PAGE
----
President Trump delivers his first address to a joint session of Congress, on Feb. 28, 2017. Courtesy of Reuters/Jim Lo Scalzo

Soft-toned Trump reaches out to religious and other minorities

WASHINGTON (RNS) President Trump, long chided for failing to address a surge in hate crimes, began his first address to Congress by invoking Black History Month and condemning recent threats against Jewish institutions and the shooting of Indian men in Kansas City.

His uncharacteristically soft-toned speech, which included several religious references, at points emphasized the commonalities among religious groups and toward the end declared that "we are all made by the same God."

And, heralding "a new chapter of American greatness," the president acknowledged "our Muslim allies" fighting the militant group known as the Islamic State, or ISIS.

He called it "a network of lawless savages that have slaughtered Muslims and Christians, and men, women and children of all faiths and beliefs."

But his other remarks Tuesday night (Feb. 28) would no doubt confirm for many critics that he still scapegoats Muslims and other minorities. He defended his Jan. 27 executive order, stayed by a federal appeals court, that temporarily bans nationals of seven Muslim-majority nations from visiting the U.S.

And he promised to fight terrorism, slowly enunciating "radical Islamic terrorism," to make the point that he would use the phrase, despite even his own national security adviser's stated belief that it helps extremists to paint the U.S. as anti-Muslim.

He also reiterated his intention to build "a great, great wall along our southern border."

Trump invoked Scripture when he praised a Navy SEAL, Chief Petty Officer William "Ryan" Owens, who died in a controversial raid in Yemen that the president approved.

"Ryan's legacy is etched into eternity. For as the Bible teaches us, there is no greater act of love than to lay down one's life for one's friends," said Trump, invoking John 15:13.

And he championed school choice, saying families "should be free to choose the public, private, charter, magnet, religious or home school that is right for them."

But perhaps what most surprised his audience was the speech's opening, a seeming attempt to bridge the divides among Americans that so many have accused Trump of widening.

"Tonight as we mark the conclusion of our celebration of Black History Month, we are reminded of our nation's path toward civil rights and the work that still remains to be done," he said to applause and cheers.

Hate crimes have been a growing concern so far this presidency. In less than two months, bomb threats have targeted about 100 Jewish community centers, schools and offices of the Anti-Defamation League. Vandals have desecrated hundreds of graves at Jewish cemeteries in St. Louis and Philadelphia.

And last week in Kansas City, two Indian men were shot, one fatally, in what is widely assumed to be a hate crime.

"Recent threats targeting Jewish community centers and vandalism of Jewish cemeteries as well as last week's shooting in Kansas City remind us that while we may be a nation divided on policies, we are a country that stands united in condemning hate and evil in all of its very ugly forms," the president told the lawmakers.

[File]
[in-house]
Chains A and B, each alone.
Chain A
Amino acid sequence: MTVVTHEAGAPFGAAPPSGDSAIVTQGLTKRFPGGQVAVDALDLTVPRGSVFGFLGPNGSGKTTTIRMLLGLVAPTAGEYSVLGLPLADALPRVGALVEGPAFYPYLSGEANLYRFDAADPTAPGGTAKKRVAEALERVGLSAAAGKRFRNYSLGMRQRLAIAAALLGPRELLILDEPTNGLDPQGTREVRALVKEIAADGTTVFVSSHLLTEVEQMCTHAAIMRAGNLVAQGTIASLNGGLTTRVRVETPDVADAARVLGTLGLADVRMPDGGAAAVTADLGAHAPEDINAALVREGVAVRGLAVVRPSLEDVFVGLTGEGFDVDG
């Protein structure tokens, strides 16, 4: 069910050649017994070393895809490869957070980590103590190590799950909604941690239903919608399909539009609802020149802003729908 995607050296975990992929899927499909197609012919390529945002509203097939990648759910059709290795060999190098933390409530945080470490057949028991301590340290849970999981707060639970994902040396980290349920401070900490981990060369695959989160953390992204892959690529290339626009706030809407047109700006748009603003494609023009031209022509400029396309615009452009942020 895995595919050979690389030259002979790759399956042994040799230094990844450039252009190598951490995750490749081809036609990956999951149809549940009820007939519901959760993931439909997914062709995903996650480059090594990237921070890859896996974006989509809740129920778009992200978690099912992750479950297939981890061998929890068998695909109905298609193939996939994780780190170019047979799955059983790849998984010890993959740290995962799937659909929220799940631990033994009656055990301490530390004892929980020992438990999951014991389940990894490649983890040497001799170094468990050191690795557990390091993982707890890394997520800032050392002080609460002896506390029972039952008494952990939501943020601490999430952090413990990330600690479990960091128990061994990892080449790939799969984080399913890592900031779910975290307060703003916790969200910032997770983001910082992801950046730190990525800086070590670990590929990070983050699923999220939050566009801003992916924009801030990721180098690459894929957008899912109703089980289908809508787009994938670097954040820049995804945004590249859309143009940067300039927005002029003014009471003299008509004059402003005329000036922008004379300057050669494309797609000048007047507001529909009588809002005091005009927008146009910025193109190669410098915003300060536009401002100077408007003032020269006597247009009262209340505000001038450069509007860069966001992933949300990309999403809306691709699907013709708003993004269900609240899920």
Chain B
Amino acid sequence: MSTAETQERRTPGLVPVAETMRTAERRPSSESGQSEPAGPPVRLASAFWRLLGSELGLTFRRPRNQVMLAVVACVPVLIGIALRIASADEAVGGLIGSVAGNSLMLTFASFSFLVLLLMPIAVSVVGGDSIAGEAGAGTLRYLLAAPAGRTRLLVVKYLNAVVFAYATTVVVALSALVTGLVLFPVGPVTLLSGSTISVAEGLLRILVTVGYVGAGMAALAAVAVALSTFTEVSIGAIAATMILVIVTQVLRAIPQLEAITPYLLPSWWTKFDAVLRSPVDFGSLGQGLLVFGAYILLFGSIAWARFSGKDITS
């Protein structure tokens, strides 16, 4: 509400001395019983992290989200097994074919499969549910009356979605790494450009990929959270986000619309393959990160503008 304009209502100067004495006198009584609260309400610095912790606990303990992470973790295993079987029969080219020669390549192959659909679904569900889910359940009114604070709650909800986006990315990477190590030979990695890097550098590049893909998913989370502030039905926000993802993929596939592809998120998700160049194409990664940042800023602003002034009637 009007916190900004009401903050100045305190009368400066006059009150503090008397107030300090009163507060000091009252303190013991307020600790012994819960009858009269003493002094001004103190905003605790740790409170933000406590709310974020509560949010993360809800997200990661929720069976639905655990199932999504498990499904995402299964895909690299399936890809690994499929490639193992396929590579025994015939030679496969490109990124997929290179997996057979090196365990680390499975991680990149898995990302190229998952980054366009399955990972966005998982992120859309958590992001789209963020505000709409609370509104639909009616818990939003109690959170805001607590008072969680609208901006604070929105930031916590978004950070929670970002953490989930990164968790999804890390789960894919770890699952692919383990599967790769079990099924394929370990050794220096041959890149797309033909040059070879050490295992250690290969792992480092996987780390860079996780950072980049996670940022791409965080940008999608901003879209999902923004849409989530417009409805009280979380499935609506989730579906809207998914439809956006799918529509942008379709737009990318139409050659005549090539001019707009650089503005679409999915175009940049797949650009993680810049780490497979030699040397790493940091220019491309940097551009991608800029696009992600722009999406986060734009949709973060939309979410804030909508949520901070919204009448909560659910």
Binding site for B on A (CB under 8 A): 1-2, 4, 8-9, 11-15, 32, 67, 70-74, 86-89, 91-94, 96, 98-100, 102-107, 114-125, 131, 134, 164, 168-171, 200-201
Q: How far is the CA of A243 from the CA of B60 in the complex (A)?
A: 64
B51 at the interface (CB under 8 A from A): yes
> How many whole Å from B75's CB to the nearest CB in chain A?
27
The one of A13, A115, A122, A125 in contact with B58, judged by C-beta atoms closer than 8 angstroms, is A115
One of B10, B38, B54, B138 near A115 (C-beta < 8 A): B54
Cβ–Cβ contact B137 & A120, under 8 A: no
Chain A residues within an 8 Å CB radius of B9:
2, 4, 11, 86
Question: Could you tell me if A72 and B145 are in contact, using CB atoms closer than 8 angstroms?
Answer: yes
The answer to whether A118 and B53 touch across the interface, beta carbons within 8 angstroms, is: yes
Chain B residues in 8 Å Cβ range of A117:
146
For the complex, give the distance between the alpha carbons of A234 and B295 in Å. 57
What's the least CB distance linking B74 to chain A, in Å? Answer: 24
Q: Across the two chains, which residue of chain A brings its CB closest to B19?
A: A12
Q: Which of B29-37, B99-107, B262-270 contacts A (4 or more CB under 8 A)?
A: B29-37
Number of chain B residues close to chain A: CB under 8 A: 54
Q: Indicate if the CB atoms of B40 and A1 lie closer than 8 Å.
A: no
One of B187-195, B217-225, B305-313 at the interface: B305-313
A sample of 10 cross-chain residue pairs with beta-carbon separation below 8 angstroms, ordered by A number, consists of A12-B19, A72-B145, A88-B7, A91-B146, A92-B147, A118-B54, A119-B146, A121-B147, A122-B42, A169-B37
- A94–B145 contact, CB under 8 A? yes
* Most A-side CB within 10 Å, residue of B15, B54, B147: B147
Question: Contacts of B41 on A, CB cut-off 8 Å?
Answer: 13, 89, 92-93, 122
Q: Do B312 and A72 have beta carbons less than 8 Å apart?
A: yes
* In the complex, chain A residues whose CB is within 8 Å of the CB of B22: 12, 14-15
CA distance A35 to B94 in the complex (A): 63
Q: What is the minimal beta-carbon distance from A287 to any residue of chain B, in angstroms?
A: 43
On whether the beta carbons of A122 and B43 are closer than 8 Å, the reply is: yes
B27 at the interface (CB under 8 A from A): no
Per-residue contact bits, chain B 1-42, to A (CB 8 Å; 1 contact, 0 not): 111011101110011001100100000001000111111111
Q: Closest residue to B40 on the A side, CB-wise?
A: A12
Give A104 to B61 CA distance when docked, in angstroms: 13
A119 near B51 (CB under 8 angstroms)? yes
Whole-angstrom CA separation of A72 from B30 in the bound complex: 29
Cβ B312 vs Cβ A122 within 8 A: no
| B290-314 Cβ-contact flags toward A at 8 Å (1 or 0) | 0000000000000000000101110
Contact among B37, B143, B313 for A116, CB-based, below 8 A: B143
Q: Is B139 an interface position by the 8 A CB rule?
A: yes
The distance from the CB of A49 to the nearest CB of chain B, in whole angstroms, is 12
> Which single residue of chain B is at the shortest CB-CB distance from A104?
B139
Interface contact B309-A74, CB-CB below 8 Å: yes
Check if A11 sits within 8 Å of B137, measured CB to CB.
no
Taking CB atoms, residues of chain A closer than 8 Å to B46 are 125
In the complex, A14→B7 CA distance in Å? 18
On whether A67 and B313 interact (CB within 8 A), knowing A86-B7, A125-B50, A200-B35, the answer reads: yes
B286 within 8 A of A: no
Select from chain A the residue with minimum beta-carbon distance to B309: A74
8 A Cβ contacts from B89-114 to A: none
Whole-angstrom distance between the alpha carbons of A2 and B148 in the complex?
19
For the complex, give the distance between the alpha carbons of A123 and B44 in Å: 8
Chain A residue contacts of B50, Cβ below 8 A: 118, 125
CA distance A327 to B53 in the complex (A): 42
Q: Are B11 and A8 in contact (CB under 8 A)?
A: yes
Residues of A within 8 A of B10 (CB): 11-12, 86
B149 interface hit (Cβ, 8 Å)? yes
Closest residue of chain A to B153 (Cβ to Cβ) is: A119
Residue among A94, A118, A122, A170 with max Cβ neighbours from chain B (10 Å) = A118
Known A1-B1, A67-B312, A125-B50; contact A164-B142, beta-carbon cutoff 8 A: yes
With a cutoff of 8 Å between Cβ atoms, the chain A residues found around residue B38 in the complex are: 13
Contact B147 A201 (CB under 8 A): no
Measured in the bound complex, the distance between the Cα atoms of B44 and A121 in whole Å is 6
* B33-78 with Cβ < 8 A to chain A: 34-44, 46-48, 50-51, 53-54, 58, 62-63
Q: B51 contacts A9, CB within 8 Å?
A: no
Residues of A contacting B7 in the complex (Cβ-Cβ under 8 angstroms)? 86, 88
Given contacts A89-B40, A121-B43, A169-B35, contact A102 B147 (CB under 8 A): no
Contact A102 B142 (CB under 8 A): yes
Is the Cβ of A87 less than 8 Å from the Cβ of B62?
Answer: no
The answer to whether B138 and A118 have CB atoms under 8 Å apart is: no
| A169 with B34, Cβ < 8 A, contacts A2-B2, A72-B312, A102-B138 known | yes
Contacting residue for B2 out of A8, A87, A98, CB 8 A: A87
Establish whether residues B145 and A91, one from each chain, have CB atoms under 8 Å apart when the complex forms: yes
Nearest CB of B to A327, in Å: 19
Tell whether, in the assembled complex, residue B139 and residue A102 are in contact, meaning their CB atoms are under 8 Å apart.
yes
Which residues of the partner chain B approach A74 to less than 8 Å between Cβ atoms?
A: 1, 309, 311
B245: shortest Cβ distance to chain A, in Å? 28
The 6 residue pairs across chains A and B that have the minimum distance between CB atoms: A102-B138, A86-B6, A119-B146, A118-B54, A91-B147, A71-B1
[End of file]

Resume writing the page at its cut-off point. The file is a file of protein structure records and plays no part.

Trump has dismayed Jewish and other groups for failing, until last week, to denounce rising anti-Semitic hate crimes in the nation. And he has offered no specific condemnation of Islamophobia and anti-Muslim hate crimes, which have surged in the past several years.

READ: Trump condemned anti-Semitism. What about Islamophobia?

Trump’s remarks Tuesday night were unlikely to mollify Jewish leaders upset with his record on addressing hatred toward Jews.

Just hours before the speech they called on him to address reports that he had, in a meeting with state attorneys general, suggested that threats against Jewish community centers might be coming from "the reverse" to "make others look bad."

It was not clear what Trump meant, but some Jewish leaders expressed concern that he was implying that the threats could be attempts to frame his supporters, rather than threaten Jews, and called on him to clarify his statement.

Jewish leaders were also worried about new reports that the Trump administration is considering scrapping a State Department post created to monitor and combat anti-Semitism.


  1. Trump’s tone may have softened a bit on 2/28, but make no mistake, this “president” is no friend of religious liberty, women’s rights of conscience and health, public education, our American heritage of church-state separation, or simply facts. — Edd Doerr

  2. Hardcore libbies, still looking for a war. Everybody needs a hobby it seems.

  3. His tone may have softened during his address, but he is now claiming that he JCC bomb threats were fake. He is parroting White Supremacist groups that blamed Jews for faking attacks. The State Deparment has deleted all information from their web site on chronicling and monitoring anti-Semitism. So he doesn’t care about anti-Semitism in the rest of the world. Trump and Tillerson are protecting Putin and all the oil buddies.